The Need to Protect Wood

Wood, even if it has been pressure-treated, must still be cleaned and sealed to prolong its life. While decks and fences made of pressurized wood, cedar, cypress, and other exotic woods are safe from insect infestation, but they are not invulnerable to weather’s corrosive effects. Wood that does not have protective coating can pose a danger in just a year or two.  All wood will crack, split, bow, cup, or shrink. This happens especially in the drying out phase shortly after install. This is something we have no control over. Staining and protecting your deck properly may limit these natural causes and help protect your investment.

When is Wood Ready for Sealing?

All decks are different. There are many factors that play a role in when a deck is ready to be stained. We recommend using a stain that specifically designed for wet wood applications if you are wanting to use stain right away. These types of stains may be hard to find locally so if you are using a conventional stain we recommend waiting until the wood dry’s out a bit so that the stain will absorb into the wood.

You can easily tell if the wood is ready for sealing. A simple method is to sprinkle drops of water on the surface of the wood. If the water is quickly absorbed, it means that the wood is dry enough and is ready for sealing. If water beads off the wood, then we recommend waiting for the wood to dry a bit longer unless using a sealant or stain that may be applied to wet lumber.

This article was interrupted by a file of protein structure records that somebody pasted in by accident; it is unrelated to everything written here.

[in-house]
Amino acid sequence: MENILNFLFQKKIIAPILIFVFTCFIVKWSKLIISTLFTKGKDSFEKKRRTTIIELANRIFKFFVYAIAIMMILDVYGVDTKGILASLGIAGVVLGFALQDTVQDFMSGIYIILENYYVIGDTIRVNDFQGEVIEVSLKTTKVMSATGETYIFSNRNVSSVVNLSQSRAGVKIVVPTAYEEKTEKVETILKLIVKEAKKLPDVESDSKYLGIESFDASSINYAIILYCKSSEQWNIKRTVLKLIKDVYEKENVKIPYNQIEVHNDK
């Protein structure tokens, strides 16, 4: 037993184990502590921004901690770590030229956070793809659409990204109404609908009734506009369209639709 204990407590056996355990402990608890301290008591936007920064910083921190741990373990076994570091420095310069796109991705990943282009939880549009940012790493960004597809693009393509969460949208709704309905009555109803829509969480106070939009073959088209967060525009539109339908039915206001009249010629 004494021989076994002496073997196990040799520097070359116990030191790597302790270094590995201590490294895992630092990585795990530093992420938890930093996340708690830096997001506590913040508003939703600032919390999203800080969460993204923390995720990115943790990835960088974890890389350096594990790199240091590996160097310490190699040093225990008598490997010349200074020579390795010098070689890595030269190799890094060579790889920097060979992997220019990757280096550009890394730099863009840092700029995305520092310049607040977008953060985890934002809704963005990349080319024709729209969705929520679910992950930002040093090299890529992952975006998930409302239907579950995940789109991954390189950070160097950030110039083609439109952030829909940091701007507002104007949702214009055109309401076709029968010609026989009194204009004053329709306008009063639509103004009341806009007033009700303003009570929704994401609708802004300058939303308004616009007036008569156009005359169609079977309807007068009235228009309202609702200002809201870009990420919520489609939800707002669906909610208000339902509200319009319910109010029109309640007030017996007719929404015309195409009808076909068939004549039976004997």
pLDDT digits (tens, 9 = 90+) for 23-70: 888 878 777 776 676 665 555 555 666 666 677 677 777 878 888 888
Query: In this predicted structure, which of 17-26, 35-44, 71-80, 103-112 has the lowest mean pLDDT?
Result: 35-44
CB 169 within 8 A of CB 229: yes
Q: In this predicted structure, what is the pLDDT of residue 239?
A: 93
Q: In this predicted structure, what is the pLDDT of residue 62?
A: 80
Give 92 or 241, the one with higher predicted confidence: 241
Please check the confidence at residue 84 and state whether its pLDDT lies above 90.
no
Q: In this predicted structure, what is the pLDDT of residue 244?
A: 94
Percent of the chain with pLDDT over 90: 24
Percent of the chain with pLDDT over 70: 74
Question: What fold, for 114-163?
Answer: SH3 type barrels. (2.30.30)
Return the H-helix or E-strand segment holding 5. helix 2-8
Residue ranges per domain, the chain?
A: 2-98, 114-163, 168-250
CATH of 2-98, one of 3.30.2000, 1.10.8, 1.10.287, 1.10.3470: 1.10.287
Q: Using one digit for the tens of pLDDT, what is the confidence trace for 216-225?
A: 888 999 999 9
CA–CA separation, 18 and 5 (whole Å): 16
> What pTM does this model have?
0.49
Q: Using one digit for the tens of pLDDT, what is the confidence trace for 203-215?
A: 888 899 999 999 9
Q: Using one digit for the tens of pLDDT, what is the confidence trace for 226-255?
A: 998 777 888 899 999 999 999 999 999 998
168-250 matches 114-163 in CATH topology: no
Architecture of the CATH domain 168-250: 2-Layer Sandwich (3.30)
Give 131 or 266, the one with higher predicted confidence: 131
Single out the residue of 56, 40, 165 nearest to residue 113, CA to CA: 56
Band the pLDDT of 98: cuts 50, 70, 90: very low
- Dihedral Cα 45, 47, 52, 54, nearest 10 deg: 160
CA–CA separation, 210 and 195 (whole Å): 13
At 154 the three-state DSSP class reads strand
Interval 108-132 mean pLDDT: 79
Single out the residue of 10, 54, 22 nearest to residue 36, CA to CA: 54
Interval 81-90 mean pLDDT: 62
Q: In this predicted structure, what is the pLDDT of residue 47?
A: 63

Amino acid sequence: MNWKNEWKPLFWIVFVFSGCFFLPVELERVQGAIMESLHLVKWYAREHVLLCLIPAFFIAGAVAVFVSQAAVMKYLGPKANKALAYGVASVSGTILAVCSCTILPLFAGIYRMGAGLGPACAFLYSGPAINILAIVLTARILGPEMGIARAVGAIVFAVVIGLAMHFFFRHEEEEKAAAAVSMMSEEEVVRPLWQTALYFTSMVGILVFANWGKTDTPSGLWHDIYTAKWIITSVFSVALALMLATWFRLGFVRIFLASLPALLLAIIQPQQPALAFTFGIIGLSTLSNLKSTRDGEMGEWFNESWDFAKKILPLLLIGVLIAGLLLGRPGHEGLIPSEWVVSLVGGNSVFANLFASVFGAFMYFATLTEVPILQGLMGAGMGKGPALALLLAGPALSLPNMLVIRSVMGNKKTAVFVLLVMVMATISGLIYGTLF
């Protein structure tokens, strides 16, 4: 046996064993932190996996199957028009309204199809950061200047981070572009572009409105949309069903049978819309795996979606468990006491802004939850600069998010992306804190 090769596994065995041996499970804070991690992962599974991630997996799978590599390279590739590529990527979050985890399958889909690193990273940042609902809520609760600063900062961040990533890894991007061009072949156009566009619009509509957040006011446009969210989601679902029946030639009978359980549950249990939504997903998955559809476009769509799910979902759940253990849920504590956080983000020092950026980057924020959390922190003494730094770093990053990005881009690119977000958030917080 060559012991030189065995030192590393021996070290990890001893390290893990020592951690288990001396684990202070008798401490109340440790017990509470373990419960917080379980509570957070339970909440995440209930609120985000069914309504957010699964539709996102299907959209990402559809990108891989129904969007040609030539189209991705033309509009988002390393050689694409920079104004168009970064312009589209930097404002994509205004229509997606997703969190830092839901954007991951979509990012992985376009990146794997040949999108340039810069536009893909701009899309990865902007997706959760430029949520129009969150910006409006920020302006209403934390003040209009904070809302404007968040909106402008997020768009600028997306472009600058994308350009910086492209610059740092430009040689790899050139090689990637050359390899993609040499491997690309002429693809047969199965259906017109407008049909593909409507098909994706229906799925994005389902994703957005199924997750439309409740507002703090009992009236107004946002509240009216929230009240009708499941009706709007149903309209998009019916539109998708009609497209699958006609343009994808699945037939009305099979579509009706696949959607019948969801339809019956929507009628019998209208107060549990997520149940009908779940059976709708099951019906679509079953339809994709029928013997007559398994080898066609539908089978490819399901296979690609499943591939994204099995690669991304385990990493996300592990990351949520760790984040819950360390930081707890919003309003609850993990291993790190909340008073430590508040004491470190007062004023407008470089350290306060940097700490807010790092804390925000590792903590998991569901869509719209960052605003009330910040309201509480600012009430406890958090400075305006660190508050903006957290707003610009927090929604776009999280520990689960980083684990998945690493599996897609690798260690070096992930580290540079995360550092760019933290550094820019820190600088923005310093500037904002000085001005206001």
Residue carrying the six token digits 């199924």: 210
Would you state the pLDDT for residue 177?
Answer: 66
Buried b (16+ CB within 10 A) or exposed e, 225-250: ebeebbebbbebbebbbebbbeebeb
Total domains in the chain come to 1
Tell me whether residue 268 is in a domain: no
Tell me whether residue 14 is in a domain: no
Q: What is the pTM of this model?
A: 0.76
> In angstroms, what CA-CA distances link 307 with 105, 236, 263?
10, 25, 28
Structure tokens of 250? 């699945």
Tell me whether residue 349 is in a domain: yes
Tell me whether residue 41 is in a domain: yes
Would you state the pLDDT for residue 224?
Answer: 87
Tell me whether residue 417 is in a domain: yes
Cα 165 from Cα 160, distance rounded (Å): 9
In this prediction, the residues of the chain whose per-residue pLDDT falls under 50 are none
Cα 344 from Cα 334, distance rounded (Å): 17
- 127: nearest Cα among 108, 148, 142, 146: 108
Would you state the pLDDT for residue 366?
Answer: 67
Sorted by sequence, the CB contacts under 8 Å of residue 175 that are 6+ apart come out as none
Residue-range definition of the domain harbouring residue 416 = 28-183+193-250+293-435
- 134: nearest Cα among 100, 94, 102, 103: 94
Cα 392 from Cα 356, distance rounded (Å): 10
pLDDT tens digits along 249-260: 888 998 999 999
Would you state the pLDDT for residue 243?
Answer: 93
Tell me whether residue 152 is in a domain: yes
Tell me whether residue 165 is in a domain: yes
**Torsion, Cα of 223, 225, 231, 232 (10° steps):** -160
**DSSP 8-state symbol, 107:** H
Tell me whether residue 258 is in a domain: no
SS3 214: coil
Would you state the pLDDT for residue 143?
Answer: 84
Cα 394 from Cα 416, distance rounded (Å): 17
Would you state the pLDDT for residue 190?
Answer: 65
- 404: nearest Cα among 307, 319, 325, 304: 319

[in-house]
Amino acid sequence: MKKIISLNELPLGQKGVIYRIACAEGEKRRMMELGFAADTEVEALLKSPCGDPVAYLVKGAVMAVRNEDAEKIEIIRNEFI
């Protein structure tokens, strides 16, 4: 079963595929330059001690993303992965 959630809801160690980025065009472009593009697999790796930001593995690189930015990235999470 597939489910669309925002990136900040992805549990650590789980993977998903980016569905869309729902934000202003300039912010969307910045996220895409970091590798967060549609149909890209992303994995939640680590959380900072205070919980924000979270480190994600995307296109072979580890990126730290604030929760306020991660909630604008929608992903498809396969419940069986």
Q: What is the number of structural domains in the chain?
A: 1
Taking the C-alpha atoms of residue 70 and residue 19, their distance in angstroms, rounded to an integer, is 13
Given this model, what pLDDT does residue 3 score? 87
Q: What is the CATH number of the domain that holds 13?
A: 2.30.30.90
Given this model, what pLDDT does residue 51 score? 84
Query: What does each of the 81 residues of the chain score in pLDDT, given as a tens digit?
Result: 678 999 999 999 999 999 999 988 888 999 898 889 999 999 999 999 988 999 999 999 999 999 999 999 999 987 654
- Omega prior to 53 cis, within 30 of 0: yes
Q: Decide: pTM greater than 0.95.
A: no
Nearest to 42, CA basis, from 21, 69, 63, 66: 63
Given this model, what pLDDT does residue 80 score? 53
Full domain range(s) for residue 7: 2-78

The first time you stain your new deck, the stain may absorb differently in different locations on your deck due to how the lumber dry’s out.  The stain will not always take the best on the first stain so please be nice to your deck staining company.

If it’s an older deck and graying as already started your a bit late on protecting it but better late then never.  Start by cleaning your project with a cleaner/brightener that contains a mildewcide if needed. Because your deck is new, this step is truly preventive.  

Your choice of sealer and stain should include not only a water repellent but also a UV stabilizer to slow the discoloration process. Semitransparent stains with water repellent should be applied to new pressure-treated wood as soon as the wood is surface dry.  

We do not recommend the use of a conventional multi-coat paint system or varnish. The performance is nearly always disappointing, and repainting often must be preceded by scraping and sanding.

Cleaning your deck prior to sealing and staining is very important.  Other contractors may say that wood should be sealed after a year so that the wood is completely dry. However, a year maybe to long of a time to wait to seal the wood.  During this time, the wood would have incurred too much damage, most of which cannot be reversed. Standard decking can be completely dry and ready for sealing in two or three months.   It has been found that wood that has been sealed within three months is much more durable and look better than wood that has been sealed after one year.  If your decking is Prowood brand as we typically use, we recommend reviewing  Prowood Maintenace as the decking may have an extra treatment

Due to the nature of wood it contracts and expands throughout it’s life. If you use a coating product it most likely will peel and flake and you will need to strip it down or completely sand the deck to get down to bare wood to apply a new coat. Coatings or a solid color stain I would recommend as your last resort towards the end of the life of the decking. If you choose a semi-transparent stain you can go over it and over it down the road. It’s always best to start with lighter colors as well as you can always go a bit darker down the road.